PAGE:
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David A. Dunning

Professor

  • 278B Uris Hall
  • Cornell University
  • Ithaca NY 14853-7601
    Office Hours:

Interests

At its most general level, my research focuses on accuracy and illusion in human judgment. In my social psychological work, I am interested in how, and when, people’s perceptions of themselves and their surroundings differ from an objectively definable reality. In my psycholegal work, I concentrate on accuracy and error in eyewitness testimony.
Social Psychology: My social psychological work focuses on two related phenomena. First I am interested in why people tend to have overly favorable and objectively indefensible views of their own abilities, talents, and moral character. For example, a full 94% of college professors state that they do "above average" work, although it is statistically impossible for virtually everybody to be above average. Second, I am interested in how people bolster their sense of self-worth by carefully tailoring the judgments they make of others. That is, people tend to make judgments of others that reflect favorably back on themselves, doing so even when the self is not under explicit scrutiny.
Psycholegal Research: My work in eyewitness testimony is a search for something, anything that might help people distinguish accurate from inaccurate eyewitness identifications. In published work, we focus on witnesses making an identification out of a lineup. We have found that accurate identifications are something witnesses have a difficult time explaining, essentially because such identifications are reached automatically (e.g., "I just recognize him; I don’t know why."). Inaccurate witnesses tend to have elaborate explanations for their decisions (e.g., "I compared the photographs to each other to narrow the choices."). In more recent work, we are looking for other objective and measurable indicators that a witness has made an accurate or an erroneous identification.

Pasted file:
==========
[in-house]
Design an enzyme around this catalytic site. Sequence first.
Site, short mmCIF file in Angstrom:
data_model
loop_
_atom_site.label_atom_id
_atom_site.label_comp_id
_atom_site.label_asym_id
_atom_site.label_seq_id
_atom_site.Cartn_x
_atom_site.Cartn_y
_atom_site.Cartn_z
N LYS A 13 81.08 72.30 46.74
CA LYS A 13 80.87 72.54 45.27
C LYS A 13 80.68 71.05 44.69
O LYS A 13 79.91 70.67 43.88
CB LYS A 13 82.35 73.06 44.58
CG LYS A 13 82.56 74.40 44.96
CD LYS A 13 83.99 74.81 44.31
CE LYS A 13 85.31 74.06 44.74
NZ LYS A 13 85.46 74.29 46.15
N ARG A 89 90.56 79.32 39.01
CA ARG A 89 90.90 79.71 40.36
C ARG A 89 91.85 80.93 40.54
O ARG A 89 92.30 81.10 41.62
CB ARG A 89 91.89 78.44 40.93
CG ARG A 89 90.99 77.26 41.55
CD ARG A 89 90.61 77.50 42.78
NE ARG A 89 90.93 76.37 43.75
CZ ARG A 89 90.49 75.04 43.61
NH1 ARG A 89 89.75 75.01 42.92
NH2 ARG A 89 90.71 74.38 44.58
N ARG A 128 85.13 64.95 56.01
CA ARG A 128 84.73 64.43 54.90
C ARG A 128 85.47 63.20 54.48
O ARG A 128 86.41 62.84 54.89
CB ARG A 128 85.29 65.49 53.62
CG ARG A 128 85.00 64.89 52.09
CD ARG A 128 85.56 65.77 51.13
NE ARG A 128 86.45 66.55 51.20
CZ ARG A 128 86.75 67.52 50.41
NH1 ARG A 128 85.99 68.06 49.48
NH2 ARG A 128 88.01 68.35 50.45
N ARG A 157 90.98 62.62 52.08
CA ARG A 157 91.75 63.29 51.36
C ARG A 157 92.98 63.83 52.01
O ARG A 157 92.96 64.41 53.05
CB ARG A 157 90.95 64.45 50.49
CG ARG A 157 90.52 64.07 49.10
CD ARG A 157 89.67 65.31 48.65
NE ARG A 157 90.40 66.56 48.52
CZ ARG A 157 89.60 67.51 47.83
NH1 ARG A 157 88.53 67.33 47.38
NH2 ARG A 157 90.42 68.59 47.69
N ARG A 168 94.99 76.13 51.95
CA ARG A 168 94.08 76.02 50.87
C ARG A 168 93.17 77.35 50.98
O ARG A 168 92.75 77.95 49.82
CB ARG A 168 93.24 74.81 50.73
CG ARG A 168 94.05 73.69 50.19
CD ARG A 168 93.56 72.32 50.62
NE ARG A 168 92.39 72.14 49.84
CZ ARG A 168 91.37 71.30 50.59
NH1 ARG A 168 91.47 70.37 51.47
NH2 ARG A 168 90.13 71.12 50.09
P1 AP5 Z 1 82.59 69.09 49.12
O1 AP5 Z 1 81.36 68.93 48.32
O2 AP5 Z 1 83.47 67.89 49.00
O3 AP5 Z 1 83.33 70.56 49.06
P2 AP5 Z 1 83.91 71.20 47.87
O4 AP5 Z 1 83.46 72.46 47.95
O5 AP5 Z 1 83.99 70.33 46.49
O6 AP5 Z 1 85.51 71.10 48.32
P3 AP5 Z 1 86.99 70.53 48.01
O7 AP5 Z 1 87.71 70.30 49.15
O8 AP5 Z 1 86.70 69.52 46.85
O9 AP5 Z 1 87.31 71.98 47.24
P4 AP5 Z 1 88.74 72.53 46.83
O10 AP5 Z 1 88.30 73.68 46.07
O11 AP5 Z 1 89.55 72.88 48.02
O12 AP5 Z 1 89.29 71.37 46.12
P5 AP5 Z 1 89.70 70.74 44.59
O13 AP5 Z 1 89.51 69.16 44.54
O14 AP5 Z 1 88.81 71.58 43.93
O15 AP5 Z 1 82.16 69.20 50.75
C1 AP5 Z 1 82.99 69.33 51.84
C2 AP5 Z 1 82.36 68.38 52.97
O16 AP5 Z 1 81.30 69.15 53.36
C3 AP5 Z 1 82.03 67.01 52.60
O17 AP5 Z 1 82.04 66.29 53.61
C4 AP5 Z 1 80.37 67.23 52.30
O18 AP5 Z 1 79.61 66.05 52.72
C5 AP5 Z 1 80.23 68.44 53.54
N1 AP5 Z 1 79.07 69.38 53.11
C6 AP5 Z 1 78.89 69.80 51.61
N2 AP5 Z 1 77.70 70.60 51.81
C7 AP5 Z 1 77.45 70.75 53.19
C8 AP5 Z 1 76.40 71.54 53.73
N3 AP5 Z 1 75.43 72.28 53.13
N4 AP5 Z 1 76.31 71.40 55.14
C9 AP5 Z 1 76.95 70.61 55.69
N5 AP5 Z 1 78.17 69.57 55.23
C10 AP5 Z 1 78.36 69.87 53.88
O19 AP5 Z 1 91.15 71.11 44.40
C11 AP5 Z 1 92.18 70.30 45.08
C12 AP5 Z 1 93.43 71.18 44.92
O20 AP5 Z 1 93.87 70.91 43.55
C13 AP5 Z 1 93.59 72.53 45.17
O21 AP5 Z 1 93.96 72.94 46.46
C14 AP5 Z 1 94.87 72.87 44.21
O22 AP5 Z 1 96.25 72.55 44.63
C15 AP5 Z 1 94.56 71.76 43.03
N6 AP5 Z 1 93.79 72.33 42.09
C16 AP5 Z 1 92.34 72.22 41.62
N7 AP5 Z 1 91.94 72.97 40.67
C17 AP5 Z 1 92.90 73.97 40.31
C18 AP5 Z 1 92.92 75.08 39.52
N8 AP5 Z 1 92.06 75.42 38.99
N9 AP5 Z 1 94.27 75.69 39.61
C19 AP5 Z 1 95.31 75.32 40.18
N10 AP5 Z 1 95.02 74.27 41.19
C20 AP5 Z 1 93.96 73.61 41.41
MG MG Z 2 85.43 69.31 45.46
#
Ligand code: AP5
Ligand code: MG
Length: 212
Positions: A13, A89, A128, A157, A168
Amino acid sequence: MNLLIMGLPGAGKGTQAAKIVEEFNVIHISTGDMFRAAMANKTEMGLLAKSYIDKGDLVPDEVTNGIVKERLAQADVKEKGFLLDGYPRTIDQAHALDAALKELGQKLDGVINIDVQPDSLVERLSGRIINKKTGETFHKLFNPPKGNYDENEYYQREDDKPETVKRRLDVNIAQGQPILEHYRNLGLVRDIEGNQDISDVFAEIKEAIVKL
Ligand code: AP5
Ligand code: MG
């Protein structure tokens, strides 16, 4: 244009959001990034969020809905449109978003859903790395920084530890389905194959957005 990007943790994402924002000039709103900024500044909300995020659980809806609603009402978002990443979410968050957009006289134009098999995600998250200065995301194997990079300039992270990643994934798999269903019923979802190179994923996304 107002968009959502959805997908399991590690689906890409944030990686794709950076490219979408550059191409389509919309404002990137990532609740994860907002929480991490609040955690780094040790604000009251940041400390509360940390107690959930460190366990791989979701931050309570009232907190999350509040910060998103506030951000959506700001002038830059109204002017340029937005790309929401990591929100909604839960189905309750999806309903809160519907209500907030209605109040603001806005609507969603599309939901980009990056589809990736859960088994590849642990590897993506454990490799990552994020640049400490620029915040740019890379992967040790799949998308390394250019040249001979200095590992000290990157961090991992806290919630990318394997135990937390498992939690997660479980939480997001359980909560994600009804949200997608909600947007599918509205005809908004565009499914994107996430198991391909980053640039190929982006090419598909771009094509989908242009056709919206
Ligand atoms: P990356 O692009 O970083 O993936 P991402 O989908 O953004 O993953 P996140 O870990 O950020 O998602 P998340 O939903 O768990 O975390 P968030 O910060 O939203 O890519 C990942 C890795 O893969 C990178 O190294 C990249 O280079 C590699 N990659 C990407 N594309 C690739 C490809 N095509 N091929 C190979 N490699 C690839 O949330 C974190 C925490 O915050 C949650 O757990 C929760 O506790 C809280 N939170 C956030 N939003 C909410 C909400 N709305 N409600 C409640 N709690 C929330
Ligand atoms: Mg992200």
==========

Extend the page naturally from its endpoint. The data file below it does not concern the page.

Graduate and undergraduate students who wish to get involved in the work described above should email Professor Dunning at dad6@cornell.edu. Undergraduates usually get involved by serving as research assistants for independent study credit. They usually assist in the creation of experimental situations, run the subjects (the most time consuming task), and (if interested) help analyze the data. Many students apply each semester, and so those interested should apply early and often.

Anyone interested in this work is encouraged to read the following publications to get a more detailed exposition of the type of work done in the Dunning lab. Some of them are available at the Self and Social Insight Lab.

Cornell Center for Behavioral Economics and Decision Research (BEDR).

Social & Personality Psychology

Selected Publications

  • Dunning, D. (Ed.) (in press). Social motivation. New York: Psychology Press.

  • Critcher, C. R., Dunning, D., & Armor, D. A. (in press). When self-affirmation reduces defensiveness: Timing is key. Personality and Social Psychology Bulletin.

  • Balcetis, E., & Dunning, D. (2010). Wishful seeing: More desired objects are seen as closer. Psychological Science, 21, 147-152.

  • Fetchenhauer, D., & Dunning, D. (2010). Why so cynical? Asymmetric feedback underlies misguided skepticism in the trustworthiness of others. Psychological Science, 21, 189-193.